The Good

  • Some research shows that Dynamic Stretching improves strength & power. -1
  • Research also shows that Strength & Power training improves running economy. -2
  • Running Economy is your bodies oxygen requirement at a running speed.
    Better Economy = Easier Running.
  • Stretching Improves Flexibility & Range of Motion (but not necessarily mobility)
  • Better Range of Motion can lead to better Strength Training sessions through good, functional movement patterns; i.e. full squat vs half squat.
  • Post-exercise stretching releases IGF-1 and MGF (growth hormones) which can lead to increased strength gains and recovery.

The Bad

  • Static Stretching reduces endurance running performance -4
  • Increased Flexibility reduces Running Economy -5 & 30 minute running performance -6
  • Increased energy demands for endurance running after stretching -6 -7
  • Stretching has no significant effect on injury rates in runners-10

“What About Me!?” (WAM!?” for effect)

If you’ve made it this far, you might have noticed that stretching does not really do that much for us in terms of directly improve running performance. Yet it can allow us to train our strength more effectively? Interestingly, stretching also has no significant effect on injury rates in runners-10, yet certain types of warm-up can improve our performance significantly -9 (see below).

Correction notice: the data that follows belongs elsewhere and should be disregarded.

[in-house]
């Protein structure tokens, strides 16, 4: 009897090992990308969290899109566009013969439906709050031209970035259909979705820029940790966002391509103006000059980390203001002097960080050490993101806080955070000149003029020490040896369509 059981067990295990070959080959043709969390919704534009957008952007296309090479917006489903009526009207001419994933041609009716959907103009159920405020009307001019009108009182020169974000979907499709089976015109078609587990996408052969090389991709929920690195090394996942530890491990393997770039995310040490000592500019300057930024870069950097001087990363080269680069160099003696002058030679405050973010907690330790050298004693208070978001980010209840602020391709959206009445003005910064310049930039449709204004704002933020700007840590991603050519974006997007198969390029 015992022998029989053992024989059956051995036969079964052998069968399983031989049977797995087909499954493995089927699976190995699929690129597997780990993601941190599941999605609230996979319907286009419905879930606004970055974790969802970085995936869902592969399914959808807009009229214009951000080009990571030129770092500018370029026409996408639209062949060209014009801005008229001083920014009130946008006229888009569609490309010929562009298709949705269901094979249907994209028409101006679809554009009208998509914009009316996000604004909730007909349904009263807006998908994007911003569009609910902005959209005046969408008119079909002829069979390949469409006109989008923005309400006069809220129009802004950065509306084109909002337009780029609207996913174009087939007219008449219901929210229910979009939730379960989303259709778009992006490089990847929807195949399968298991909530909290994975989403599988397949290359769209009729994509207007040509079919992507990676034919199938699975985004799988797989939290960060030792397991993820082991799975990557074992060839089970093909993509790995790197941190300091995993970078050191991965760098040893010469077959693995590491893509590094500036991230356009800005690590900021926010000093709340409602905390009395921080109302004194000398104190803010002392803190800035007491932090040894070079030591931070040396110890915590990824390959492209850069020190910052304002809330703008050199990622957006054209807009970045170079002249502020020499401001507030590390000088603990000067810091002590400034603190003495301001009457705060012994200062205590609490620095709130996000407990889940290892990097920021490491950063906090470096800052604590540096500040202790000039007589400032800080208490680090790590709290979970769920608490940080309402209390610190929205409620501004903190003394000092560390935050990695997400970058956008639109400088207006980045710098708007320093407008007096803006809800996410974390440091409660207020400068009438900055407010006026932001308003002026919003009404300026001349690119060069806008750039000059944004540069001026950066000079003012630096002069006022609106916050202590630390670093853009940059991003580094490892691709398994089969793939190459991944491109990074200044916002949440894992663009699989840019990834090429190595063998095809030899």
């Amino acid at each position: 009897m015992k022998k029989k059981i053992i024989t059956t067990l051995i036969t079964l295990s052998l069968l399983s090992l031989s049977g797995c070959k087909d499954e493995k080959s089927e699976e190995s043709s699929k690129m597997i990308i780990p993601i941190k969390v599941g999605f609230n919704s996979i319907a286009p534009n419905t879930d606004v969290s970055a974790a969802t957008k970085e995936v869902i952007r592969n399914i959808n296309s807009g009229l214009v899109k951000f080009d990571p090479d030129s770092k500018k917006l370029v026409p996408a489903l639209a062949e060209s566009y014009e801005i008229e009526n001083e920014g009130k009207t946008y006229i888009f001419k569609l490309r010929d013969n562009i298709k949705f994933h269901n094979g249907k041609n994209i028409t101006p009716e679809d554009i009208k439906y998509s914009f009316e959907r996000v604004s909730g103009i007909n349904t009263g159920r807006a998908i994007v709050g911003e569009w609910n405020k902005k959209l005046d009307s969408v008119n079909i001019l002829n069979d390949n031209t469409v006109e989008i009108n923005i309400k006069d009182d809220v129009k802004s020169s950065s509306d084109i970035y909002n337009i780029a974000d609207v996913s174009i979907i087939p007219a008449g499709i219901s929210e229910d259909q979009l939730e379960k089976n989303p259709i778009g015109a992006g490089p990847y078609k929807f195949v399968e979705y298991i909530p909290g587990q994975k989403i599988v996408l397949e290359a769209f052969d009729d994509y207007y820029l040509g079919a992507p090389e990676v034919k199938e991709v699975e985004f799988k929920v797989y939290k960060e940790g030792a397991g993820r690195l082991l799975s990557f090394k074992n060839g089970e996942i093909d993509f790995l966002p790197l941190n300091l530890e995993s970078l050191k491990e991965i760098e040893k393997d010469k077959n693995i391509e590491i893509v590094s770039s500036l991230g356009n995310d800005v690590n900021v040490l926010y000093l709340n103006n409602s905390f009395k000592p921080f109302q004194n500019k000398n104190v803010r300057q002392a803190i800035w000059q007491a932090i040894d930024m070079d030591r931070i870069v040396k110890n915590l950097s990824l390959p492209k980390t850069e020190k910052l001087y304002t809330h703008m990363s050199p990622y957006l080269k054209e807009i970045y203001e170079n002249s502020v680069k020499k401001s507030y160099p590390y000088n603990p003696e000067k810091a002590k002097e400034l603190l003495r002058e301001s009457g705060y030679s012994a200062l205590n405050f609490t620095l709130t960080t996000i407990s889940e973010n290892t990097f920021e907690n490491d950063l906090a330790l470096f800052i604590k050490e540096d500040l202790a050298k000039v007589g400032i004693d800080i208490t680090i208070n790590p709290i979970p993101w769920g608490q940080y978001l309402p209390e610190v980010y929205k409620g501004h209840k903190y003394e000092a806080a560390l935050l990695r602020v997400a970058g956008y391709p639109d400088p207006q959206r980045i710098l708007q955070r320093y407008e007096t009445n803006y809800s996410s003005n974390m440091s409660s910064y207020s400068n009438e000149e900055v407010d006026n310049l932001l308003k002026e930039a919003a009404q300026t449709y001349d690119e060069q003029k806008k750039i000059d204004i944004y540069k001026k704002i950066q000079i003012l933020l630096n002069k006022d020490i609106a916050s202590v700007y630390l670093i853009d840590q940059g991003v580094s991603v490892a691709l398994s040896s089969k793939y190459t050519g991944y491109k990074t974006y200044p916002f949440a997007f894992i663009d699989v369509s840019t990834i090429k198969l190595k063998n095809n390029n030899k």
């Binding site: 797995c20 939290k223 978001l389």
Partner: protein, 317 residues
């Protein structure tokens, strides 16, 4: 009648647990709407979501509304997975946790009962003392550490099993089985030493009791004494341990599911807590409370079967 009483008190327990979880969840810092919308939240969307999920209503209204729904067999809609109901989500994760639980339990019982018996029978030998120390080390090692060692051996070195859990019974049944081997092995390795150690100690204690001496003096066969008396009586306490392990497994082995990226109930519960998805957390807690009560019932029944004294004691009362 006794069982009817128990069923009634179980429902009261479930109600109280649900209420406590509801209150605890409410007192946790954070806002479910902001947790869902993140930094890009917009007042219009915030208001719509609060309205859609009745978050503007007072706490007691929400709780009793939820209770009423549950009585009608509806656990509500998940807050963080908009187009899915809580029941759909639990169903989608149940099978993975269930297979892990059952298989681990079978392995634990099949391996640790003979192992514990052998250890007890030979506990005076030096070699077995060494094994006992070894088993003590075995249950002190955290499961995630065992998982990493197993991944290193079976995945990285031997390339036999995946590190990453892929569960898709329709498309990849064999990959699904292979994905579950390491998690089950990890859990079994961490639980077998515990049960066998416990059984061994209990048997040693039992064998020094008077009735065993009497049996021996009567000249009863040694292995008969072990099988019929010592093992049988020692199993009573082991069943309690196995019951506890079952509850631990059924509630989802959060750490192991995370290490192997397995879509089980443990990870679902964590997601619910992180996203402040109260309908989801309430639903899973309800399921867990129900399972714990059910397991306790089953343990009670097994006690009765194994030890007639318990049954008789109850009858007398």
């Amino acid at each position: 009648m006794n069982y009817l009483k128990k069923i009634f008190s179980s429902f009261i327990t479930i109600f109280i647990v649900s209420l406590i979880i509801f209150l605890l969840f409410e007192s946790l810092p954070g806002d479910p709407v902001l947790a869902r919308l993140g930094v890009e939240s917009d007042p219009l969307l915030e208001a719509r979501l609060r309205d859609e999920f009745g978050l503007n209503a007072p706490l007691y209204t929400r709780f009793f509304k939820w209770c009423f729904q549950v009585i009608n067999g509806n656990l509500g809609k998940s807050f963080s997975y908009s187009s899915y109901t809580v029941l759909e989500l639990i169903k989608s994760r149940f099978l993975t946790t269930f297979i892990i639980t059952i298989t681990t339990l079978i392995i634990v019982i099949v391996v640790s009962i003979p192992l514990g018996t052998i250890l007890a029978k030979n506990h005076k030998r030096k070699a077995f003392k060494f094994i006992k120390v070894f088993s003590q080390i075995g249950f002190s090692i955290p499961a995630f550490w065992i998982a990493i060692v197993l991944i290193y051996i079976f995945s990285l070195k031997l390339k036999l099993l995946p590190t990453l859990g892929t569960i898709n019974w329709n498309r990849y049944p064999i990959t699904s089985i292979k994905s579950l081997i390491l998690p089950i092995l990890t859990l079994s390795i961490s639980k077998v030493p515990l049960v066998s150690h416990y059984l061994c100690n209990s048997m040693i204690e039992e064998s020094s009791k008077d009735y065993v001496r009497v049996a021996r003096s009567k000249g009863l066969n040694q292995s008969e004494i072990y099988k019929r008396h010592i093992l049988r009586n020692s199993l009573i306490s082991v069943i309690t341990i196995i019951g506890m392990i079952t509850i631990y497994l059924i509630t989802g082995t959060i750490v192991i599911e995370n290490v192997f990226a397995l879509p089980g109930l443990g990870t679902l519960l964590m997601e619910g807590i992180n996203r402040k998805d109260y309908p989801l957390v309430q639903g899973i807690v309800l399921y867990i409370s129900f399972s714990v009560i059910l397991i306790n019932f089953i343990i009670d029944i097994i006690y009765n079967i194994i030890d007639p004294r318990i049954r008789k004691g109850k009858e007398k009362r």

A benefit of stretching (specifically Dynamic Stretching) appears to have on our body, is that it allows us to enhance the gains from our strength training sessions by “warming up” the neuromuscular pathways (the connection between our brain and our muscles that produce a movement). This will allow us to train at a higher intensity and recruit more muscle fibres, which will produce a greater training stimulus on our bodies and increase the strength of our muscoluskeletal system and movement patterns.

In turn, our Running Economy (a key factor in running performance) will improve -8. Researchers pin this on the elasticity of our muscles and our ability to move efficiently, thus reducing the load on our energy systems (like riding a bike with pumped up tires and a well oiled chain).